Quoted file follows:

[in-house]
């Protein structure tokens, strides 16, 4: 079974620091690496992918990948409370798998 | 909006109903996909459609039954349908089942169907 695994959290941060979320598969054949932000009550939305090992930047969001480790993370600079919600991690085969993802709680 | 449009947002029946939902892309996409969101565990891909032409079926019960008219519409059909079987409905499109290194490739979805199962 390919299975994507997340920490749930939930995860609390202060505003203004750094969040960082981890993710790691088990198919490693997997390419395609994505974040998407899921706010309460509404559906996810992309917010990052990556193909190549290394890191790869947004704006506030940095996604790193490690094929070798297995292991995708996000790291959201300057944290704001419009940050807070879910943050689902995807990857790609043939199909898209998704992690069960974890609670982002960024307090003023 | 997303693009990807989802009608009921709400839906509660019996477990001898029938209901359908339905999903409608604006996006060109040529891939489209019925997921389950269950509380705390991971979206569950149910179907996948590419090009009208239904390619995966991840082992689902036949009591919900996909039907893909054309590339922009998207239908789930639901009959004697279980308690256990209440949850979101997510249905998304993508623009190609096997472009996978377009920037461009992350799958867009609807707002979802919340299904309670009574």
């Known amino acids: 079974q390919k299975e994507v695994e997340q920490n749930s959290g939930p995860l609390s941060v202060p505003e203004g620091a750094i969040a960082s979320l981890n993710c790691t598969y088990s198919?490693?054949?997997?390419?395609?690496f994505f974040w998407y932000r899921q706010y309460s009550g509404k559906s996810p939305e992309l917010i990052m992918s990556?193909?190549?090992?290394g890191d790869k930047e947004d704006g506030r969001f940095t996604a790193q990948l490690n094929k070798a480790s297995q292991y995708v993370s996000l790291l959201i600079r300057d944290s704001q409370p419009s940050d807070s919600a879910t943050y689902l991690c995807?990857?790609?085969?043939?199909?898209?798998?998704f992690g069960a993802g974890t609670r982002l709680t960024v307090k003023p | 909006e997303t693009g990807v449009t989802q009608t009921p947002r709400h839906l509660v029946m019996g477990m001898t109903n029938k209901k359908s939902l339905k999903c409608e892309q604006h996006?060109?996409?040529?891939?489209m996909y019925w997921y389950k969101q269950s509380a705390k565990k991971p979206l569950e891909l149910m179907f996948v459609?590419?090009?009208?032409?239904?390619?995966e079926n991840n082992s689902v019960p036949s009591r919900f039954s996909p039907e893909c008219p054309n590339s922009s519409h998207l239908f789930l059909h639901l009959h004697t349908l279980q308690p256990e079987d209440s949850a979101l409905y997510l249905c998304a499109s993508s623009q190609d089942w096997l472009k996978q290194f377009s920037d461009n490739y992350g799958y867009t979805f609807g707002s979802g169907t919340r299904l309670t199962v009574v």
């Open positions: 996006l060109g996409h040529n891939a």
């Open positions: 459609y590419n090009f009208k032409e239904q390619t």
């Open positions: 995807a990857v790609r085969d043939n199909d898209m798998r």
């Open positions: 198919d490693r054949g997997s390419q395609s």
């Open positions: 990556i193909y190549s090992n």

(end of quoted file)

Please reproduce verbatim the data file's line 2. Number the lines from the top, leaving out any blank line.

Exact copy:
């Protein structure tokens, strides 16, 4: 079974620091690496992918990948409370798998 | 909006109903996909459609039954349908089942169907 695994959290941060979320598969054949932000009550939305090992930047969001480790993370600079919600991690085969993802709680 | 449009947002029946939902892309996409969101565990891909032409079926019960008219519409059909079987409905499109290194490739979805199962 390919299975994507997340920490749930939930995860609390202060505003203004750094969040960082981890993710790691088990198919490693997997390419395609994505974040998407899921706010309460509404559906996810992309917010990052990556193909190549290394890191790869947004704006506030940095996604790193490690094929070798297995292991995708996000790291959201300057944290704001419009940050807070879910943050689902995807990857790609043939199909898209998704992690069960974890609670982002960024307090003023 | 997303693009990807989802009608009921709400839906509660019996477990001898029938209901359908339905999903409608604006996006060109040529891939489209019925997921389950269950509380705390991971979206569950149910179907996948590419090009009208239904390619995966991840082992689902036949009591919900996909039907893909054309590339922009998207239908789930639901009959004697279980308690256990209440949850979101997510249905998304993508623009190609096997472009996978377009920037461009992350799958867009609807707002979802919340299904309670009574």